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Personal and social norms for food portion sizes in lean and obese adults

Overview of attention for article published in International Journal of Obesity, April 2015
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About this Attention Score

  • In the top 25% of all research outputs scored by Altmetric
  • High Attention Score compared to outputs of the same age (87th percentile)
  • Above-average Attention Score compared to outputs of the same age and source (52nd percentile)

Mentioned by

news
1 news outlet
twitter
3 tweeters

Citations

dimensions_citation
16 Dimensions

Readers on

mendeley
53 Mendeley
Title
Personal and social norms for food portion sizes in lean and obese adults
Published in
International Journal of Obesity, April 2015
DOI 10.1038/ijo.2015.47
Pubmed ID
Authors

H B Lewis, S E Forwood, A L Ahern, K Verlaers, E Robinson, S Higgs, S A Jebb

Abstract

Portion size is an important component of dietary advice for weight control, but little is known about what portion sizes people consider 'normal'. This study determined the effect of BMI, gender, dietary restraint, and liking of the food on personal and social portion size norms for a range of foods, and the degree of certainty over the norms. 30 lean (BMI 20-25 kg/m(2)) and 30 obese (BMI 30-35 kg/m(2)) men and women (aged 18-60years) viewed 17 different portion sizes of 12 foods on a computer screen on two occasions a week apart. Participants responded 'more' or 'less' to each photograph reflecting personal portion size preference or perceived portion sizes of others. Personal and social norms for portion sizes of each food were determined using the method of constant stimuli giving a sigmoidal curve of the probability of answering 'less' over a range of portion sizes. The slope of the sigmoid at the norm gave a measure of certainty about the norm. Regression models were used to examine the effect of BMI, gender, dietary restraint and liking of the food on personal norms, social norms, the relationship between norms, and the slopes. Personal norms were significantly larger in the obese (P=0.026), men (P<0.001), those with lower dietary restraint (P<0.001), and those with higher liking for the food (P<0.001). Social norms were larger for women (P=0.012). The slopes at the norms were 30% shallower in the obese and in men (P<0.001). Larger personal norms for portion size among the obese, men, those with lower dietary restraint, and those with higher liking for a food imply greater consumption, which may undermine weight control. Shallower slopes for norms in the obese and in men may imply less clearly defined habitual portion sizes.International Journal of Obesity accepted article preview online, 14 April 2015. doi:10.1038/ijo.2015.47.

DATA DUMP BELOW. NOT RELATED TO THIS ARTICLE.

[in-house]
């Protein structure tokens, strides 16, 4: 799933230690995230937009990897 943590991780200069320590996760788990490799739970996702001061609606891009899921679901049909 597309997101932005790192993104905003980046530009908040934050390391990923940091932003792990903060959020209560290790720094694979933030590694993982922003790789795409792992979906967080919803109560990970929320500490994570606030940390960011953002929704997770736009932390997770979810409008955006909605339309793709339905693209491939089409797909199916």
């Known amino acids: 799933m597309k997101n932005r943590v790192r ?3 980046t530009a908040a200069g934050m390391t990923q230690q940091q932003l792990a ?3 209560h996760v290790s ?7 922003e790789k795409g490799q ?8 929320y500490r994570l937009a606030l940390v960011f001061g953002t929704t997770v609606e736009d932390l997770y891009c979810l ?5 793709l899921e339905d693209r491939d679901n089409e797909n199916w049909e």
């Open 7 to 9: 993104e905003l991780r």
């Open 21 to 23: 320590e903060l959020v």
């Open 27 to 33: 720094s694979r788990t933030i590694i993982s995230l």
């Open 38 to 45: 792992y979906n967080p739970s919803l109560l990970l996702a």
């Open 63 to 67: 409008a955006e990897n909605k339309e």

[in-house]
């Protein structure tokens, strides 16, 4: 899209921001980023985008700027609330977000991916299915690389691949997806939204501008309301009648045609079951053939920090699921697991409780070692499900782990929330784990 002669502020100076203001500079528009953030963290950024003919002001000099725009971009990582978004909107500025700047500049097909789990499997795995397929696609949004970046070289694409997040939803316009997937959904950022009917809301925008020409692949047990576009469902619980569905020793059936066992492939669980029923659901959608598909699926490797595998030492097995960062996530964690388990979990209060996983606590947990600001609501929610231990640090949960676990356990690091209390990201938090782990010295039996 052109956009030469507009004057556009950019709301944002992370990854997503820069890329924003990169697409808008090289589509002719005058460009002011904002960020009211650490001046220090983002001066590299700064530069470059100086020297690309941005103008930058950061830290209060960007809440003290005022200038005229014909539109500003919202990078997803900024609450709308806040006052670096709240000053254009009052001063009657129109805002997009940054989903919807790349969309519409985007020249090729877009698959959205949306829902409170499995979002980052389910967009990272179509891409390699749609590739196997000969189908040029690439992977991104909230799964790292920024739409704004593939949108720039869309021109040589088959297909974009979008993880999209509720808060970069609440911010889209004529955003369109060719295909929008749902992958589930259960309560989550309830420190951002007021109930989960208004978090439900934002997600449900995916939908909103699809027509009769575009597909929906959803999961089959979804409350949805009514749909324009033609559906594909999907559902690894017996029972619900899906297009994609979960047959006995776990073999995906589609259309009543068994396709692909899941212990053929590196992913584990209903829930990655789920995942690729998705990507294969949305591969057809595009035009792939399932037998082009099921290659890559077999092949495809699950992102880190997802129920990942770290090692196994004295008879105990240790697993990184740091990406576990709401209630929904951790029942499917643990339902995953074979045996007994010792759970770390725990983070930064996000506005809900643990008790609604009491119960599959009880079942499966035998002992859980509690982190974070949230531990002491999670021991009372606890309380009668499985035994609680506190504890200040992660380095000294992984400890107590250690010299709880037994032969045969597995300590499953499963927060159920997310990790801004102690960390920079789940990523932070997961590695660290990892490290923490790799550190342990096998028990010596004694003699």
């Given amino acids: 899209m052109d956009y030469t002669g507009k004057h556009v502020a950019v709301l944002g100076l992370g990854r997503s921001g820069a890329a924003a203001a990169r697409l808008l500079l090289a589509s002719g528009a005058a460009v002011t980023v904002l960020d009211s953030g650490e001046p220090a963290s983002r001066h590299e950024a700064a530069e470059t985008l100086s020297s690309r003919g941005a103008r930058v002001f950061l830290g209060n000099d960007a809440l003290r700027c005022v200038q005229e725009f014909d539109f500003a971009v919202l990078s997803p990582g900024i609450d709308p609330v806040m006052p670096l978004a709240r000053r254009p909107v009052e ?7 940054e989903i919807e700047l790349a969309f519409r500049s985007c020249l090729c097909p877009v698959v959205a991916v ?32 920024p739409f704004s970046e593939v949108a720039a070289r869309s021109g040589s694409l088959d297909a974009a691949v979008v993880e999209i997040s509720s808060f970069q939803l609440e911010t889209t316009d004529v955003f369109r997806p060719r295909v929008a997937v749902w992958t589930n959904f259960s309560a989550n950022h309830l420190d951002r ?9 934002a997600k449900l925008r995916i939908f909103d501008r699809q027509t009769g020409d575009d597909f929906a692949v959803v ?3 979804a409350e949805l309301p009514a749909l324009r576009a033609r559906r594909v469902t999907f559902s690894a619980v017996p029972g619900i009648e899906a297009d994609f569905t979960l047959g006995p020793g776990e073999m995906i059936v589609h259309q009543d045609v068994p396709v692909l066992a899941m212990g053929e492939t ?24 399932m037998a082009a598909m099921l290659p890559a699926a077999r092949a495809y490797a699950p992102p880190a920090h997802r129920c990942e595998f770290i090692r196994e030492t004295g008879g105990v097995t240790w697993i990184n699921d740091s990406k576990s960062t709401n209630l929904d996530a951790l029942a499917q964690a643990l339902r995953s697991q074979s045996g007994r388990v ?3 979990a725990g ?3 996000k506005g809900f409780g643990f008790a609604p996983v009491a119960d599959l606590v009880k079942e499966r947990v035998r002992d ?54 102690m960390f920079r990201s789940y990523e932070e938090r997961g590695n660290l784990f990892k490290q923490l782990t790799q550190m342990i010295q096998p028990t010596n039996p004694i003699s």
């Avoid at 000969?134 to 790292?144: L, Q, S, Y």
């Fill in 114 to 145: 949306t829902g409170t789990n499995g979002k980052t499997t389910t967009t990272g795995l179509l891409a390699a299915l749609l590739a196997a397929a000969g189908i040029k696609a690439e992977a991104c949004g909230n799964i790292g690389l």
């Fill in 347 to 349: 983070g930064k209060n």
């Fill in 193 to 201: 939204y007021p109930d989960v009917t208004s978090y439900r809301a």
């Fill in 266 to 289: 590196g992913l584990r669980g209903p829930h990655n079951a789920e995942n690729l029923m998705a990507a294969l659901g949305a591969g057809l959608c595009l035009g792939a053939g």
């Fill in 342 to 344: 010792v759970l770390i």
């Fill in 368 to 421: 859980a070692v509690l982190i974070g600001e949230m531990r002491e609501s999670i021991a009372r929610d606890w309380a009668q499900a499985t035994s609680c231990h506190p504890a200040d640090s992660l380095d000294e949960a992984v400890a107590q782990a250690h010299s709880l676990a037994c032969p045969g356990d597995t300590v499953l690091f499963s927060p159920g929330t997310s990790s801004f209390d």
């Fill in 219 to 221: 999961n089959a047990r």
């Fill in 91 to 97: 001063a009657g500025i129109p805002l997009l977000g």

Twitter Demographics

The data shown below were collected from the profiles of 3 tweeters who shared this research output. Click here to find out more about how the information was compiled.

Mendeley readers

The data shown below were compiled from readership statistics for 53 Mendeley readers of this research output. Click here to see the associated Mendeley record.

Geographical breakdown

Country Count As %
Canada 1 2%
Unknown 52 98%

Demographic breakdown

Readers by professional status Count As %
Student > Master 11 21%
Unspecified 8 15%
Student > Bachelor 7 13%
Student > Ph. D. Student 7 13%
Student > Doctoral Student 5 9%
Other 15 28%
Readers by discipline Count As %
Psychology 14 26%
Unspecified 11 21%
Social Sciences 7 13%
Nursing and Health Professions 5 9%
Business, Management and Accounting 4 8%
Other 12 23%

Attention Score in Context

This research output has an Altmetric Attention Score of 11. This is our high-level measure of the quality and quantity of online attention that it has received. This Attention Score, as well as the ranking and number of research outputs shown below, was calculated when the research output was last mentioned on 06 August 2015.
All research outputs
#1,195,372
of 12,346,542 outputs
Outputs from International Journal of Obesity
#873
of 3,131 outputs
Outputs of similar age
#30,804
of 241,484 outputs
Outputs of similar age from International Journal of Obesity
#45
of 92 outputs
Altmetric has tracked 12,346,542 research outputs across all sources so far. Compared to these this one has done particularly well and is in the 90th percentile: it's in the top 10% of all research outputs ever tracked by Altmetric.
So far Altmetric has tracked 3,131 research outputs from this source. They typically receive a lot more attention than average, with a mean Attention Score of 17.3. This one has gotten more attention than average, scoring higher than 73% of its peers.
Older research outputs will score higher simply because they've had more time to accumulate mentions. To account for age we can compare this Altmetric Attention Score to the 241,484 tracked outputs that were published within six weeks on either side of this one in any source. This one has done well, scoring higher than 87% of its contemporaries.
We're also able to compare this research output to 92 others from the same source and published within six weeks on either side of this one. This one has gotten more attention than average, scoring higher than 52% of its contemporaries.